Eight Excellent Facts about Paracanoeing

With the Paracanoe World Championships taking place this week, we thought we’d give you a packed feature full of interesting facts on the sport that is sure to be a highlight at this year’s Paralympic Games in Rio! What’s more, Paracanoe is set to burst onto the scene when it makes its first Paralympic appearance at the 2016 Rio Paralympic Games.

A Team GB Paralympic Paracanoe athlete in action

Knowing the difference?
The differences between paracanoeing and able-bodied canoeing are slim. The rules and competition events are pretty much the same. Both disciplines are set along 200 metre straight courses in competition, with the fastest athlete winning.
Paracanoe is regularly referred to as ‘paddling’, mainly by the athletes who participate in the sport.

Where it all began 
The sport originated in Southeast Asia. Outriggers – a structure that is attached to the side of a boat or canoe to keep it from turning over in the water – have played an essential role in travelling by boat as well as being used for fishing for quite some time in the region.

There are three classifications that differentiate the classes in paracanoe, which are LTA, TA and A. To explain these classifications, athletes who compete in the LTA category can use their legs, trunk and arms for rowing. TA athletes use their trunk and arms, and A classified athletes solely use their arms.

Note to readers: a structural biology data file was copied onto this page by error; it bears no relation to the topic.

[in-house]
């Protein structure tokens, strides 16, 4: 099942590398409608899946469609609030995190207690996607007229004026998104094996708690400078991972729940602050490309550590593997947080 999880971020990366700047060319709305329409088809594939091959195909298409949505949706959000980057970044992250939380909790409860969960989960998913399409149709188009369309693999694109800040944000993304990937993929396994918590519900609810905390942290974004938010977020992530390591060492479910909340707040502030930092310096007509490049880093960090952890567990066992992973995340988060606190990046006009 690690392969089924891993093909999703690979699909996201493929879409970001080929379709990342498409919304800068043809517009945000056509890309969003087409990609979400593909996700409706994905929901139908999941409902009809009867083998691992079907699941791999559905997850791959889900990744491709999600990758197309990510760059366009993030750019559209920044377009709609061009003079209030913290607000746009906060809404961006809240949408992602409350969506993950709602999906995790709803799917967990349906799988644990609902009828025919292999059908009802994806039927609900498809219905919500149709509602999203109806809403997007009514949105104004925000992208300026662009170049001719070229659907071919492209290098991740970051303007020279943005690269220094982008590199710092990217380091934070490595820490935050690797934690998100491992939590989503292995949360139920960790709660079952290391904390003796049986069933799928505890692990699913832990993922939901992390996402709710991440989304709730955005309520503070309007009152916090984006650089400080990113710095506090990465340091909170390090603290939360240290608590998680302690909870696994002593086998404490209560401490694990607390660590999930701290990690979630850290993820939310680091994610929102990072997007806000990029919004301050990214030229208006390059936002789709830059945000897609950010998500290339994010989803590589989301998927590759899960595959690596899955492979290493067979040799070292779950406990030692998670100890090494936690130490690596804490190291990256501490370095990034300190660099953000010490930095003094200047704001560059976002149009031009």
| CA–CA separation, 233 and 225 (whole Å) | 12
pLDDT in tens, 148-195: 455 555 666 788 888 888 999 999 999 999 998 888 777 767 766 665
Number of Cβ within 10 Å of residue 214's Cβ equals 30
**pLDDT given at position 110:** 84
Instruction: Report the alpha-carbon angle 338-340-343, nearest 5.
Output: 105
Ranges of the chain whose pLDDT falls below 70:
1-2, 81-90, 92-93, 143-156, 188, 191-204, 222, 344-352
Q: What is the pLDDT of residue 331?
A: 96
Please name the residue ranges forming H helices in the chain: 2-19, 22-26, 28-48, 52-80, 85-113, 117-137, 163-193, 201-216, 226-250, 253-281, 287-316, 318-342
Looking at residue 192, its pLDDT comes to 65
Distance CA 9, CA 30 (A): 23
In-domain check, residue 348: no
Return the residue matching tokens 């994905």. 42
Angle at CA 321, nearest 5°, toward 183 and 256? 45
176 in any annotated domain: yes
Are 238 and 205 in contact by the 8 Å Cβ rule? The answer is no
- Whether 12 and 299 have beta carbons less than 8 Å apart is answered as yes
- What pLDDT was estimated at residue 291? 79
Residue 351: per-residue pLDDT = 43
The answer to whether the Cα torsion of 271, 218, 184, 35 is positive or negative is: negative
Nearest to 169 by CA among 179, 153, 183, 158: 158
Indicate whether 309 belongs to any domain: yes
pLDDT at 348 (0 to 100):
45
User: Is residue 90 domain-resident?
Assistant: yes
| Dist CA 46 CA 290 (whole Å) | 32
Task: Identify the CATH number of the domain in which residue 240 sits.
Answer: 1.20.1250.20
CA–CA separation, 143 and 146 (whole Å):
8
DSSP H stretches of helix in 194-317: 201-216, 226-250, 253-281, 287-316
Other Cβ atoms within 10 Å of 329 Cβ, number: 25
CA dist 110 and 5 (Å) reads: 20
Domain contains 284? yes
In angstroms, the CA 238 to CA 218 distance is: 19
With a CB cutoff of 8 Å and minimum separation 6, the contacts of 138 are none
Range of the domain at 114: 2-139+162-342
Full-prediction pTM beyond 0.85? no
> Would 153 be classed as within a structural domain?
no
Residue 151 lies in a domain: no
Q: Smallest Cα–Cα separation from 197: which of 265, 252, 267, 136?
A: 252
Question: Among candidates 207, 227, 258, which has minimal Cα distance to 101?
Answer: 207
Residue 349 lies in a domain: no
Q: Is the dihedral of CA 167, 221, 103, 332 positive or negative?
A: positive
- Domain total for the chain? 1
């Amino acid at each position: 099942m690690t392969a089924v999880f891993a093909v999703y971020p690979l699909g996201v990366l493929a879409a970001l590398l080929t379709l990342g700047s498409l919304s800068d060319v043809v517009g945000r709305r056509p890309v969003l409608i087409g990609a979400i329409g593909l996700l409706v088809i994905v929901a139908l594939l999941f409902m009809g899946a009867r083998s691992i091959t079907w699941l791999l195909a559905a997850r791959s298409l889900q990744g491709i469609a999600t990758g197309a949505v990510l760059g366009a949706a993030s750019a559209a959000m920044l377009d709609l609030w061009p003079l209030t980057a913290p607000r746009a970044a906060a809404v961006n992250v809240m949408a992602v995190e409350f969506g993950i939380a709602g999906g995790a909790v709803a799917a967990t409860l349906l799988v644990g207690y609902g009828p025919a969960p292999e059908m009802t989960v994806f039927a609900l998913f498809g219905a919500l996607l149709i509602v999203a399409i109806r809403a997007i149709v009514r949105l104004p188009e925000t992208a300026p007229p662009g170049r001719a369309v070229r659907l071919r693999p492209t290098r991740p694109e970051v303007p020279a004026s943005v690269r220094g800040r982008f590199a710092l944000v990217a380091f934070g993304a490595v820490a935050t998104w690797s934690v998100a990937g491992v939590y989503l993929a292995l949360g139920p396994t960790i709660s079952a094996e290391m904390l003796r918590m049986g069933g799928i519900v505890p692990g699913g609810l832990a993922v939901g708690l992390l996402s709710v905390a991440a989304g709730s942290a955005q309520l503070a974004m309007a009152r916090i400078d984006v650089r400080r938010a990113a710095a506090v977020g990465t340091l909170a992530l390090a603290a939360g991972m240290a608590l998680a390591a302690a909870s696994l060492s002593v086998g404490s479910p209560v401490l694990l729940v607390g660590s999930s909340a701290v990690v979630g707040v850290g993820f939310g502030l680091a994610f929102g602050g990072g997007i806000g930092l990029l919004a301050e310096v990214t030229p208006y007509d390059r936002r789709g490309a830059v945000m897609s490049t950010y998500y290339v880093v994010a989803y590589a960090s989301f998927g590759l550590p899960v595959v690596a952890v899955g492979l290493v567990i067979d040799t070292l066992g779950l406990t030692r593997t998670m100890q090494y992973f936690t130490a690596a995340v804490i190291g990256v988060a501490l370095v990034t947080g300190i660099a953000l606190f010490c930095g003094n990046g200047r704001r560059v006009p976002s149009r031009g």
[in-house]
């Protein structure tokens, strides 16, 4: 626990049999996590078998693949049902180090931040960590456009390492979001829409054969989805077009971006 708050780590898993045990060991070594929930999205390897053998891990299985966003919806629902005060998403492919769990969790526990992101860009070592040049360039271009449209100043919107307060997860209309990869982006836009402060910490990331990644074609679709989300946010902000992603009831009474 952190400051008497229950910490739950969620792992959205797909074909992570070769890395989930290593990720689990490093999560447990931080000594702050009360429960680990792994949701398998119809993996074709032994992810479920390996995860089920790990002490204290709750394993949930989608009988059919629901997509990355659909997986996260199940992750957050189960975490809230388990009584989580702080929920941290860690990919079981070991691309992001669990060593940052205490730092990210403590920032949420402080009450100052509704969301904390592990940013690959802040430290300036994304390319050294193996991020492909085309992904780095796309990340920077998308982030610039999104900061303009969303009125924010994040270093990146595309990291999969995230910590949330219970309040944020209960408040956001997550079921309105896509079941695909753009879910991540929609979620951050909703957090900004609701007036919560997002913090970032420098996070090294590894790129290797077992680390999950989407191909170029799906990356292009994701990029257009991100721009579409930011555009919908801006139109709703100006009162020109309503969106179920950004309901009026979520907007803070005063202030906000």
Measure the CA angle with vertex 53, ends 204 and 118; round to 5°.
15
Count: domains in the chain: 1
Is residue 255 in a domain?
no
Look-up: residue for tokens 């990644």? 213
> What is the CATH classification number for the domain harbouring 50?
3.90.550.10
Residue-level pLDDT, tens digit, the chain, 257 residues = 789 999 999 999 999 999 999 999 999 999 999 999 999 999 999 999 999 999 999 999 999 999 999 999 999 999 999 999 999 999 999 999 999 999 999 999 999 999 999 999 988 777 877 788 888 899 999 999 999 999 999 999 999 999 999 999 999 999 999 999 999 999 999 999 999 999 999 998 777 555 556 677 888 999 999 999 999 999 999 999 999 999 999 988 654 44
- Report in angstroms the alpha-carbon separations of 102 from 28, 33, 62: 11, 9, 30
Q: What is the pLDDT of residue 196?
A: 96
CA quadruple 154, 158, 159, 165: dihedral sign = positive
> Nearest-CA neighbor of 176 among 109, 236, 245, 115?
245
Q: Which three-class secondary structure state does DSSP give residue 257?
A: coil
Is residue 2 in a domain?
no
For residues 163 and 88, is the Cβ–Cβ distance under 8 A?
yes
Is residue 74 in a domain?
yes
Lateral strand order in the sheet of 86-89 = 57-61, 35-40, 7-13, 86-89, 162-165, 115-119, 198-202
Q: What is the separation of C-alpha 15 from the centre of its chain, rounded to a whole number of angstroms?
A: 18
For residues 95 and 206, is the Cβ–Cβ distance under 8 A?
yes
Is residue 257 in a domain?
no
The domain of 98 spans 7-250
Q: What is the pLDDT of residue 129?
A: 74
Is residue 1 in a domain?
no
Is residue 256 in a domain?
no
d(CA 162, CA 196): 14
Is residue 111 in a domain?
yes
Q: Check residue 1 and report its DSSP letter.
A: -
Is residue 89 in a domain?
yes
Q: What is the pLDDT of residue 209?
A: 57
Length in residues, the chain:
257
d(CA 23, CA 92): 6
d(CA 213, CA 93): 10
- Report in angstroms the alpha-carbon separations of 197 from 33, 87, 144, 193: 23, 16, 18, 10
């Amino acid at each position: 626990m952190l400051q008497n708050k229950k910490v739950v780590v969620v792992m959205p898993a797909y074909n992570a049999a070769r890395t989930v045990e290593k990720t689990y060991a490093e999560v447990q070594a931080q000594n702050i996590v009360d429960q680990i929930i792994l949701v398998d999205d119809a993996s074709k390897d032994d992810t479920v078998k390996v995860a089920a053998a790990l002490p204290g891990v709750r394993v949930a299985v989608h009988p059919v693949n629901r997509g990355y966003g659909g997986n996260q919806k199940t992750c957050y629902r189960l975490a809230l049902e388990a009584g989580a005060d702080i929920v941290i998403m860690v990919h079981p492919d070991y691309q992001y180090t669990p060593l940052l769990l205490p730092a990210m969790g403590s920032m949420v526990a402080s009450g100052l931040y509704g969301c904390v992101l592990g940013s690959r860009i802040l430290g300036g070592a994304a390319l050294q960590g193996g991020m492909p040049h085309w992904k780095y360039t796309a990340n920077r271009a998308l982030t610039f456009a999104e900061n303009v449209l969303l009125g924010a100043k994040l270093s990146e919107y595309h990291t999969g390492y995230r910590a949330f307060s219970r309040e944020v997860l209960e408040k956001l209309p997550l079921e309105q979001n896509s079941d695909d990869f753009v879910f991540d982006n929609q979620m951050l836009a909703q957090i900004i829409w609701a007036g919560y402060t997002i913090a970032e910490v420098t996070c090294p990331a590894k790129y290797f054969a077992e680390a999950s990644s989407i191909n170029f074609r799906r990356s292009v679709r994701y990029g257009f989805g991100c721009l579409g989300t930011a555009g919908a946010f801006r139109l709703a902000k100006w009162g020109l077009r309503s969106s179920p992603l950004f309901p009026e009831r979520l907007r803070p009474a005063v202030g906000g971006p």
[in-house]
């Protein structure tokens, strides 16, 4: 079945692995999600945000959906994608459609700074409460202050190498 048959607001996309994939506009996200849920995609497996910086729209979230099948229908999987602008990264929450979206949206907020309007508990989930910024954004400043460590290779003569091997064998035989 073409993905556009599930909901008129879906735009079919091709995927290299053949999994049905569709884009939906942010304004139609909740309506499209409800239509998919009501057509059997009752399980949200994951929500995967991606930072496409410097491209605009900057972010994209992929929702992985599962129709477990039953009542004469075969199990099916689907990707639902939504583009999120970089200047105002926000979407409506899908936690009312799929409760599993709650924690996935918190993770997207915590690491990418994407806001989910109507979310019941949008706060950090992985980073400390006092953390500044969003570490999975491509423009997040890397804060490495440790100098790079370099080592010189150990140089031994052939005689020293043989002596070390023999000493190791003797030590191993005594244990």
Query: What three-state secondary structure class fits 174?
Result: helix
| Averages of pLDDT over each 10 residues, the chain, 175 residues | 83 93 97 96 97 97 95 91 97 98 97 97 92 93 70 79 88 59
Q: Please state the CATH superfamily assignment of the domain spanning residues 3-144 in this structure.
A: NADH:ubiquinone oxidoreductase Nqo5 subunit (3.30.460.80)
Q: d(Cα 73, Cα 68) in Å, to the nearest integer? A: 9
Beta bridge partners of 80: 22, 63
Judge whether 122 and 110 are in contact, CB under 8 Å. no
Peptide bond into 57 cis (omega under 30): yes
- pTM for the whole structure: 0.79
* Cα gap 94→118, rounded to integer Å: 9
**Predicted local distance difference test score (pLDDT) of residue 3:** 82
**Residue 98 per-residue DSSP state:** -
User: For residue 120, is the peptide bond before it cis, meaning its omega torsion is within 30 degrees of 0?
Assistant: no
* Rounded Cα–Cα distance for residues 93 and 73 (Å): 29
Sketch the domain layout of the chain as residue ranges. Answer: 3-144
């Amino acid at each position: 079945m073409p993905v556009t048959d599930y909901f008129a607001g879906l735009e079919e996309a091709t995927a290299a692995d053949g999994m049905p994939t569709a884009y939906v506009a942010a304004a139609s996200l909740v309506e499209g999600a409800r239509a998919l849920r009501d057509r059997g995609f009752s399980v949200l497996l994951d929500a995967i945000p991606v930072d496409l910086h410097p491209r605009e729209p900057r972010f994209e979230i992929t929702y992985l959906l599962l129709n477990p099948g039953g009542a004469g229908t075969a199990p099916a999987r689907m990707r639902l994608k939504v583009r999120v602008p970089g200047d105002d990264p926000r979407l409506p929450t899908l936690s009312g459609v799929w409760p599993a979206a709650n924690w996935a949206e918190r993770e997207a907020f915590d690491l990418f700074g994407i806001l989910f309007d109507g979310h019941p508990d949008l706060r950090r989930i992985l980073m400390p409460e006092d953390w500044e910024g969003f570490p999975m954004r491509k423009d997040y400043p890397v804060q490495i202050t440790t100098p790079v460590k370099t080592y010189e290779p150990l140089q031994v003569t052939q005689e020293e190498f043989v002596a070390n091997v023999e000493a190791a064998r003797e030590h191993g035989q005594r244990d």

Who’s in?
At present there in excess of 30 countries that compete in paracanoe events.

Competing in a kayak is one of the two options athletes have when it comes to the types of boats used for paracanoe. The shape and materials used for the vessel allows for it to go fast in the water with athletes using double bladed paddles.

Like kayaks, canoes are long and narrow, however, the canoes can have an outrigger attached on one or both sides of the canoe as a way of giving stability to the vessel. The outriggers are used to manage rough water and also to maintain a fast speed.

To do paracanoe you need to be good with your balance and having a lot of strength is very important too. You need to utilise your balance as a way of keeping up your speed and getting through those not so smooth areas of water at times. This is where your strength comes in too.

You can canoe too!

Here at Outdoor Adventure, we offer provision for residential school trips includes tailored curriculum based programmes for BTEC Sport/Public Services, GCSE PE and Geography Fieldwork, which makes a visit great for those who fancy trying canoeing for themselves!


Image courtesy of 17sportsmanagement/Instagram.